Steve Bolton: ‘We Are the Edge of the Movement’

By Tessa Sechler

Volunteers within Special Olympics could easily be compared to the oil that flows through a machine, allowing everything to run smoothly. From setup, meal services and overall constant support, volunteers are the people that the athletes see most. Special Olympics could not be the success that it is without the work of its volunteers, especially ones like Steve Bolton.

Steve first volunteered at a Special Olympics event in 1983, where he was a hugger for athletes at the end of the track. He says it touched his heart, and ever since then, he has worked to continuously grow in his role as a volunteer. So much so that he is now a part of the Special Olympics Southern California Board of Directors.

“People ask me how I got so involved in Special Olympics, and I just say that it developed a life of its own,” said Steve, who is the Special Olympics Orange County Regional Leadership Council Chair. “People think Special Olympics doesn’t need the ‘Joe’s on the corner,’ and I tell all my volunteers, ‘What you’re doing today is important. It’s the little things you do that changes somebody’s life or puts a smile on somebody’s face.’”

With an attitude like his, it’s not surprising that he not only inspires his volunteers, but his fellow peers as well.

“I consider him to be the consummate volunteer,” said Kris Drummond, former SOSC VP of Development and Steve’s friend. “He’s willing to be a leader or a follower. He’s happy doing whatever the situation or task requires.”

Kris met Steve when she was the Special Olympics Orange County Regional Director, and he was on a committee for a charity golf tournament. After the event, he reached out wanting to discuss more ways to get involved, a quality that continues to characterize his work ethic today.

“I think Steve is a role model not only to volunteers, but to staff and families,” Kris said. “In addition to his commitment, he has such a ‘can-do’ attitude and tireless dedication. He truly has a heart of gold.”

It isn’t just Steve’s volunteer enthusiasm that’s impressive. His determination to get others involved may be even more noteworthy. Steve was the lead in getting the Knights of Columbus, another organization that he volunteers his time with, to prepare meals for the athletes during Fall Games.

“He would not let go. He just kept pushing Special Olympics, Special Olympics, Special Olympics, and now he has much greater support throughout Southern California,” Kris said about Steve’s efforts to expand the number of Knights of Columbus volunteers that attend Special Olympics events. “He’s truly a leader. He just doesn’t give up and… I wish we could clone him.”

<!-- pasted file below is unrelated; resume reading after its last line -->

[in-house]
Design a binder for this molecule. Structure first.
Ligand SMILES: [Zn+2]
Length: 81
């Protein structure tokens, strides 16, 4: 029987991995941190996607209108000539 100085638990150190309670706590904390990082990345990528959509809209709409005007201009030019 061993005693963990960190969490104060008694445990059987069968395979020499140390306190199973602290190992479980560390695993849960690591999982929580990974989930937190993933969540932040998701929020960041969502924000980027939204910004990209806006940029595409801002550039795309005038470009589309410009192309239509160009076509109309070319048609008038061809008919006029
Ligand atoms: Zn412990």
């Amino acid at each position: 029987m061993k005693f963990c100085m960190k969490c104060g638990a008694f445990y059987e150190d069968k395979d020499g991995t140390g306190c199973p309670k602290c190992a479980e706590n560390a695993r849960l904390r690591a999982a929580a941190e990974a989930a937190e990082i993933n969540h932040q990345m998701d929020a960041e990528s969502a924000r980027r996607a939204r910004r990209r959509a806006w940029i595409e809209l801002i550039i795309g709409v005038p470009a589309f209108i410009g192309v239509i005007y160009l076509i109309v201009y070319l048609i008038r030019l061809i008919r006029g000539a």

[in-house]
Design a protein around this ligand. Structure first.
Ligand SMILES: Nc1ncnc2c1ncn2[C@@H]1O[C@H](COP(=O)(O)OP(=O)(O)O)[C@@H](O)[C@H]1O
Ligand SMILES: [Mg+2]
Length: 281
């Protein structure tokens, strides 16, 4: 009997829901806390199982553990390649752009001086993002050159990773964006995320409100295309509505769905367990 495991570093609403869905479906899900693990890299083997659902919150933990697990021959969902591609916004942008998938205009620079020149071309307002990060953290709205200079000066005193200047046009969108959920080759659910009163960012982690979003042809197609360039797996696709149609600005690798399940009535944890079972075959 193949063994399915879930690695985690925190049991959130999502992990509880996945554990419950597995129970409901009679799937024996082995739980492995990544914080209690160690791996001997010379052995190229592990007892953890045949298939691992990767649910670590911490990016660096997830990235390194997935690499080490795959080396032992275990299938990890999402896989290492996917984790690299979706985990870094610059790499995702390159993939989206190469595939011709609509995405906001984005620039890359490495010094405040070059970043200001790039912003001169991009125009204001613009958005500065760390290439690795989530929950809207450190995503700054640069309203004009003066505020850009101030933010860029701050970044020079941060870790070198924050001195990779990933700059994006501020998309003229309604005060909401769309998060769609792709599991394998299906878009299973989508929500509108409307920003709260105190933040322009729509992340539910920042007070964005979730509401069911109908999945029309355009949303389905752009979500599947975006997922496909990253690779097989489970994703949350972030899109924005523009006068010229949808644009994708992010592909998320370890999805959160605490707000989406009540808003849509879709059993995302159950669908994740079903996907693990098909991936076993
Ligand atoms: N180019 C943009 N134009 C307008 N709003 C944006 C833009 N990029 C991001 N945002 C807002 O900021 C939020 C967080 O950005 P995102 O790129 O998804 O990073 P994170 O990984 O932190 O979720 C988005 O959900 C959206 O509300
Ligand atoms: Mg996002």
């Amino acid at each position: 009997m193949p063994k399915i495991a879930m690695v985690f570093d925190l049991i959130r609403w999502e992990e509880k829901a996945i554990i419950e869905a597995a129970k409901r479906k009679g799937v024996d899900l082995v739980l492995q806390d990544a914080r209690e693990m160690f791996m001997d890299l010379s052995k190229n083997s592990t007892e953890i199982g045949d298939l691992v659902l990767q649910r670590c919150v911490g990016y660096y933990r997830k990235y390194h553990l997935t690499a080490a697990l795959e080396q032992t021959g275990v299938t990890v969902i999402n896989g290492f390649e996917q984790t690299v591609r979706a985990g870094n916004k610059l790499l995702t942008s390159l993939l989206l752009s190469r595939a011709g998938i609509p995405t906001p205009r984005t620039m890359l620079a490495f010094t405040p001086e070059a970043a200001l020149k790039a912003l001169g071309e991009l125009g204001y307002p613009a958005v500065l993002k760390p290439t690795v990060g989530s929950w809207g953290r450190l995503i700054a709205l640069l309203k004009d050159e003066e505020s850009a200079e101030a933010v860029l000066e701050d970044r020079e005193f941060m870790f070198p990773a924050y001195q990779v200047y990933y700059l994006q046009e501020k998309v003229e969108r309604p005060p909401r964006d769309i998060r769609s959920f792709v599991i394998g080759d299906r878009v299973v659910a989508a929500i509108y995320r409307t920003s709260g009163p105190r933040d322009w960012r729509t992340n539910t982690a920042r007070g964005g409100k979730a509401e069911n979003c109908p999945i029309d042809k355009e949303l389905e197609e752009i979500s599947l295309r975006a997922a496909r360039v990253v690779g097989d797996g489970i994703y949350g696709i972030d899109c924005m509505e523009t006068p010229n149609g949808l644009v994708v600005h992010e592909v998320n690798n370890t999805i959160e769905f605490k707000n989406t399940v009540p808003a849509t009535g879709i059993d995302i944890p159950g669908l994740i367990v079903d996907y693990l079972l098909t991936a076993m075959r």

In fact, the significance of the relationship between the Knights of Columbus and Special Olympics is something that Steve emphasizes when talking about the importance of their work today. Eunice’s husband, Sergeant Shriver, was a member of the Knights of Columbus and one of the first volunteers of Special Olympics, so Steve finds it only fitting that they continue to support its cause today. “Ever since Eunice said to her friends, ‘my sister has no place to go to associate with other people,’ that little thought that one day, just looking out for her own sister, developed all of this.”

The Knights of Columbus now prepare meals during many Regional Games as well as Fall Games, and their commitment to helping is relentless. During one of those events Kelly Johnson, Chairman of the SOSC Board of Directors, recalled his favorite moment of Steve, one that displayed just what kind of person he is.

“I remember seeing Steve volunteering at the Spring Games in Irvine a few years ago,” Kelly said. “He had a boot on his foot so he was riding around in a cart helping transport food and supplies around the event. He could have stayed home, but he was there volunteering even though it was difficult for him to get around.”

While it’s easy for people to talk about all the things he does, Steve remembers a moment, years ago, that speaks to why he does it all. “This one kid was running, and he was dead last at the race. But at the very end, he’s screaming to mom how happy he was. The mom’s bawling, dad’s bawling, the whole group is bawling. I’m thinking this is really such a neat deal not only for the athletes but for the families. She looks at me and says, ‘He’s never talked that much in his whole life.’ It floored me that it affected her like that.”

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